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Technical Excellence Initiative

NASA Study on Flight Software Complexity


Complex software is used to depict the flowfield around the Space Shuttle Launch Vehicle

NASA uses computational fluid dynamics software for solving complex flow problems. This image resulted from computing the flowfield around the Space Shuttle Launch Vehicle — to study the air loads acting on the vehicle due to several design changes and the potential impacts from any debris that might be shed during a Shuttle ascent. Image Credit: NASA

In 2007 the NASA Office of Chief Engineer commissioned a multi-Center study of the growth in flight software size and complexity in NASA space missions. The study was motivated by problems attributed to flight software in a variety of missions — in pre-launch activities and mission operations — and concerns that such problems were growing with the expanding role of flight software.

While advances in computer hardware have readily accommodated this expansion by providing faster processors and increased memory, it is believed that software engineering and management approaches have not kept pace. Problems with flight software have serious technical, operations, and management implications for space flight missions.

The study was chartered to bring forth technical and managerial strategies to address risks associated with the growth in size and complexity of flight software in NASA's space missions. The study addresses many motivating questions, such as:
  • How big is flight software and how fast is it growing?
  • What are the causes of growth?
  • Is there unnecessary growth and how can it be curtailed?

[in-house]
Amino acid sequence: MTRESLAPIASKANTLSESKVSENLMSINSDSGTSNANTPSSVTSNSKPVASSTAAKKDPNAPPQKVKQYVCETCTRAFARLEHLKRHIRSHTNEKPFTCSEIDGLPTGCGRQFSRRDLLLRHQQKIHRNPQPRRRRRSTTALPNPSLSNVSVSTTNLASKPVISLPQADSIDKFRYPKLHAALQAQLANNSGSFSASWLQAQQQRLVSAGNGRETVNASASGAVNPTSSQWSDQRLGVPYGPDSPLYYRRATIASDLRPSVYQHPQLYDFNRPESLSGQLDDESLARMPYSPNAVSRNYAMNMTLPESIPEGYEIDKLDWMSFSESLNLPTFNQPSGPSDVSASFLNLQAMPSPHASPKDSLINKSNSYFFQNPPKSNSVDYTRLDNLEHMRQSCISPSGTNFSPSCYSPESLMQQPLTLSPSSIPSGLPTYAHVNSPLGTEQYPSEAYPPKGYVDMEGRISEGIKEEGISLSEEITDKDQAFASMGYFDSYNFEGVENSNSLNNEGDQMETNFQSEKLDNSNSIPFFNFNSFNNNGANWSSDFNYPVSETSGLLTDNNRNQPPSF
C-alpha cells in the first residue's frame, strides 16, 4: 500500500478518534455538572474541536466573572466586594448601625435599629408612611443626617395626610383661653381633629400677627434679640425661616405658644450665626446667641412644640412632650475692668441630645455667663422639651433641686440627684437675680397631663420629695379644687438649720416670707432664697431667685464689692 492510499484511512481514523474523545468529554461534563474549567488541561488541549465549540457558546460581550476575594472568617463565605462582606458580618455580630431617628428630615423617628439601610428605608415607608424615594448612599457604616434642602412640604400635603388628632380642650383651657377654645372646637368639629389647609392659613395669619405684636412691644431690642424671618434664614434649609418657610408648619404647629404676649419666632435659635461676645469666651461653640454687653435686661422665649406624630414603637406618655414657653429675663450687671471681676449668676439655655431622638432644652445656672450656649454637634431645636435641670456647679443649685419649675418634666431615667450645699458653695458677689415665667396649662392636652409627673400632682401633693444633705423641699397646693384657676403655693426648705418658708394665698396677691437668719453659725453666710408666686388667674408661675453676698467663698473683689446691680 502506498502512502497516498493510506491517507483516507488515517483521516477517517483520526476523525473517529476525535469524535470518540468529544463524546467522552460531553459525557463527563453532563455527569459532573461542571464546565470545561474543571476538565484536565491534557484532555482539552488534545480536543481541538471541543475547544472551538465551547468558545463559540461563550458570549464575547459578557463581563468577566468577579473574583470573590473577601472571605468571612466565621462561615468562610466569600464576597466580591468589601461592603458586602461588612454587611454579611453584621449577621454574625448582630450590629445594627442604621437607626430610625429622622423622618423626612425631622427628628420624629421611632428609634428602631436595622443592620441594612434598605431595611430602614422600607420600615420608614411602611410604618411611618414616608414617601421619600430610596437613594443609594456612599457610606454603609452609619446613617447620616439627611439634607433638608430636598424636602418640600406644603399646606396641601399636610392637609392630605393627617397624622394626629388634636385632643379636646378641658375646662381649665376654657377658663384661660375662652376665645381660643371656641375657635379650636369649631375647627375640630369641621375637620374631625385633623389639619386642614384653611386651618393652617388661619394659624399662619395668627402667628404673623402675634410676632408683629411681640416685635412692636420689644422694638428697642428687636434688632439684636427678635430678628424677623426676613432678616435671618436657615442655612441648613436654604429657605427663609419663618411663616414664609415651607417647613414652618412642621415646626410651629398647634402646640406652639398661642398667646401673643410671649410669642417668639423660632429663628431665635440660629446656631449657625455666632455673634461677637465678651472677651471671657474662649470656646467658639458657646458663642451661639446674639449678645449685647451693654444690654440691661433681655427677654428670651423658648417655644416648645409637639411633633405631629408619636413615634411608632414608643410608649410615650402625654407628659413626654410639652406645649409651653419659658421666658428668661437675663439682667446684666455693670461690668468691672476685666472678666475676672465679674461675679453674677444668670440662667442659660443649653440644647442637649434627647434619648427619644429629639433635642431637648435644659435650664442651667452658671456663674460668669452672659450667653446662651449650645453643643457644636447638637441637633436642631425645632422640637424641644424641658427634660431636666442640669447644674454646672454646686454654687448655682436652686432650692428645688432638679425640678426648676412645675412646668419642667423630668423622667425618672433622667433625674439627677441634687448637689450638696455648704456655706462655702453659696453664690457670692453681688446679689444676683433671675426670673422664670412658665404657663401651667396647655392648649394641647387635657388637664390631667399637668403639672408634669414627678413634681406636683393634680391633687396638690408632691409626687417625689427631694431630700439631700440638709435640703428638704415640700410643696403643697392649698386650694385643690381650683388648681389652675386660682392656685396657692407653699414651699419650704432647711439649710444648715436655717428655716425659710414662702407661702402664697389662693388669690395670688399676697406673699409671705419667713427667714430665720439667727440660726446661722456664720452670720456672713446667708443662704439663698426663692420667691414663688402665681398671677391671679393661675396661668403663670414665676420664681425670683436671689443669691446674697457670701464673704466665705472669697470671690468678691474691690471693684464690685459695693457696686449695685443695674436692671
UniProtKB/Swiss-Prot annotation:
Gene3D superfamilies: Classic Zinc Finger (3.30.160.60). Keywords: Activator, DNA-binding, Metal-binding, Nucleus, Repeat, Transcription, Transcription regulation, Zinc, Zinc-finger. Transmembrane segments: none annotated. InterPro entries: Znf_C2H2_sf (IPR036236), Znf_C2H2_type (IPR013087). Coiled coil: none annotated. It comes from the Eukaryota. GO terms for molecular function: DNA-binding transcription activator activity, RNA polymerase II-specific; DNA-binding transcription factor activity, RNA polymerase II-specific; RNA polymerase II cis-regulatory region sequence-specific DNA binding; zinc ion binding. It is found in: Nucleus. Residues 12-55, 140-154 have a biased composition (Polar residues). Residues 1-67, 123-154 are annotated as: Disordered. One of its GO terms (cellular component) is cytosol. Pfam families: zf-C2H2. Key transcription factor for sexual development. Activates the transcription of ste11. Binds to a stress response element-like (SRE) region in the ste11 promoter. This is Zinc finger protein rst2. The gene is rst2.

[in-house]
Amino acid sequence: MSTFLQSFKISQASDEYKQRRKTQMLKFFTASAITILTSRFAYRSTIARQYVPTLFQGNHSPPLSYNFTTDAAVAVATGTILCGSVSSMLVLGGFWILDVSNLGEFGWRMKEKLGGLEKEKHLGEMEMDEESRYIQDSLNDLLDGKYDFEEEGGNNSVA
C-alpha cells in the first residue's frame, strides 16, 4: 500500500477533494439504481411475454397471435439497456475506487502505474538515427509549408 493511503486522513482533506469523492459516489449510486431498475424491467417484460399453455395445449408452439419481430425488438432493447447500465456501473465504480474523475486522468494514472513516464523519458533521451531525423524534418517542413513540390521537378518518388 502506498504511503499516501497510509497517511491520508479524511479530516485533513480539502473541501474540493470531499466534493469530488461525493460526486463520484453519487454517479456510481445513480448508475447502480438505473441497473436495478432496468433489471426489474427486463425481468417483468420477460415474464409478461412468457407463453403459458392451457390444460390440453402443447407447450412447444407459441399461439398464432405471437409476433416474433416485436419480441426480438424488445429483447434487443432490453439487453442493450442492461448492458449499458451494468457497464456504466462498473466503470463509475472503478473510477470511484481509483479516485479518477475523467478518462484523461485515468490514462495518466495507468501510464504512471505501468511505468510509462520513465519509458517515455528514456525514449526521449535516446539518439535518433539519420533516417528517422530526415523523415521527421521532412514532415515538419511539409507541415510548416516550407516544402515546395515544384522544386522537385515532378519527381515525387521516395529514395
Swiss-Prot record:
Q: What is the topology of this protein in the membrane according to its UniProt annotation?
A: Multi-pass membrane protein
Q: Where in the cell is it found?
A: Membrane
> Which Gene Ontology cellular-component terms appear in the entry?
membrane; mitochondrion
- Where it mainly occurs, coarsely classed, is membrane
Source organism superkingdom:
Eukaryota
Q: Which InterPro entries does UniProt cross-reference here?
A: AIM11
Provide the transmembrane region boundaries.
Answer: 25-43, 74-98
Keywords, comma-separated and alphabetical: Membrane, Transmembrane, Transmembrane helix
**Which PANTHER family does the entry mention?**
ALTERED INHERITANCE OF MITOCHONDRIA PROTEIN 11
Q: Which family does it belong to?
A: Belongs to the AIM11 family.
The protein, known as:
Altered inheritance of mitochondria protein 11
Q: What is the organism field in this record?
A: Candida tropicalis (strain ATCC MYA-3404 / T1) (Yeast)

• Why is fault protection software so difficult?
  • When growth is necessary, what are effective strategies for dealing with it?
  • How can we ensure adequate testing of complex flight systems?
The study was directed to examine four areas of special interest:
  • Provide a clear exposé of the growth in NASA flight software size and complexity. Describe long-term trends, how the trade space has changed, root causes, problems encountered, benefits gained, and lessons learned.
  • How can unnecessary growth in complexity be curtailed? How can necessary growth in complexity be better engineered and managed? Are there effective strategies to make smart trades in selecting and rejecting requirements for inclusion in flight software to keep systems lean? When growth in complexity and software size are necessary, what are the successful strategies for effectively dealing with it?
  • Fault protection logic accounts for a sizable portion of flight system software — Are there techniques that effectively manage the complexity of fault protection systems?
  • Investigate the challenge of testing complex logic for appropriate safety and fault protection provisions. Recent mission delays and the loss of a key spacecraft have been attributed to inadequate testing of complex flight software systems. How can this situation be prevented in the future?
+ Download the NASA Study on Flight Software Complexity (PDF)